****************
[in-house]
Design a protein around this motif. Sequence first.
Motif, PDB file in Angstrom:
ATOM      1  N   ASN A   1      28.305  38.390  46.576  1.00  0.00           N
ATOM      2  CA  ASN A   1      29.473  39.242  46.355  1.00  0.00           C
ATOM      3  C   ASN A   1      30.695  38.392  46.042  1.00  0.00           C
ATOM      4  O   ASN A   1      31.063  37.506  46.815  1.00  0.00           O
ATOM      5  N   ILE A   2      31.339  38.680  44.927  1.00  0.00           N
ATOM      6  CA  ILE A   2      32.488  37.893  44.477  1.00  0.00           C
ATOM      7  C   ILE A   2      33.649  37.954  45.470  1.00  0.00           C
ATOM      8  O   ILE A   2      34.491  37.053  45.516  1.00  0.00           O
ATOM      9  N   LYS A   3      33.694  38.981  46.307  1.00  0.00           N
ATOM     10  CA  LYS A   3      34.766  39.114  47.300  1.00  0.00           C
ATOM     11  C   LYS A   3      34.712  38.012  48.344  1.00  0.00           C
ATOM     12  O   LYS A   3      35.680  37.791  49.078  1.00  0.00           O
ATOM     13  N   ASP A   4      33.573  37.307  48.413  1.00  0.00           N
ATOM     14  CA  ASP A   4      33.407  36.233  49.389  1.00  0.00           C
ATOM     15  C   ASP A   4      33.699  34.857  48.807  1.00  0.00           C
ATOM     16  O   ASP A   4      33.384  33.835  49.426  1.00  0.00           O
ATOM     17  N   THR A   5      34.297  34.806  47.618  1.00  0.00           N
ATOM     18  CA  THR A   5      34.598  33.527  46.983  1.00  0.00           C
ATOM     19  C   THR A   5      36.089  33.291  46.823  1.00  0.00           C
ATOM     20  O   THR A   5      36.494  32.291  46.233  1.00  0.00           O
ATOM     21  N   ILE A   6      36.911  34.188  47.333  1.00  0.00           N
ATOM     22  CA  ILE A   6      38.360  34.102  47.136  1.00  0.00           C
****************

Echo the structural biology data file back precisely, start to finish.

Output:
[in-house]
Design a protein around this motif. Sequence first.
Motif, PDB file in Angstrom:
ATOM      1  N   ASN A   1      28.305  38.390  46.576  1.00  0.00           N
ATOM      2  CA  ASN A   1      29.473  39.242  46.355  1.00  0.00           C
ATOM      3  C   ASN A   1      30.695  38.392  46.042  1.00  0.00           C
ATOM      4  O   ASN A   1      31.063  37.506  46.815  1.00  0.00           O
ATOM      5  N   ILE A   2      31.339  38.680  44.927  1.00  0.00           N
ATOM      6  CA  ILE A   2      32.488  37.893  44.477  1.00  0.00           C
ATOM      7  C   ILE A   2      33.649  37.954  45.470  1.00  0.00           C
ATOM      8  O   ILE A   2      34.491  37.053  45.516  1.00  0.00           O
ATOM      9  N   LYS A   3      33.694  38.981  46.307  1.00  0.00           N
ATOM     10  CA  LYS A   3      34.766  39.114  47.300  1.00  0.00           C
ATOM     11  C   LYS A   3      34.712  38.012  48.344  1.00  0.00           C
ATOM     12  O   LYS A   3      35.680  37.791  49.078  1.00  0.00           O
ATOM     13  N   ASP A   4      33.573  37.307  48.413  1.00  0.00           N
ATOM     14  CA  ASP A   4      33.407  36.233  49.389  1.00  0.00           C
ATOM     15  C   ASP A   4      33.699  34.857  48.807  1.00  0.00           C
ATOM     16  O   ASP A   4      33.384  33.835  49.426  1.00  0.00           O
ATOM     17  N   THR A   5      34.297  34.806  47.618  1.00  0.00           N
ATOM     18  CA  THR A   5      34.598  33.527  46.983  1.00  0.00           C
ATOM     19  C   THR A   5      36.089  33.291  46.823  1.00  0.00           C
ATOM     20  O   THR A   5      36.494  32.291  46.233  1.00  0.00           O
ATOM     21  N   ILE A   6      36.911  34.188  47.333  1.00  0.00           N
ATOM     22  CA  ILE A   6      38.360  34.102  47.136  1.00  0.00           C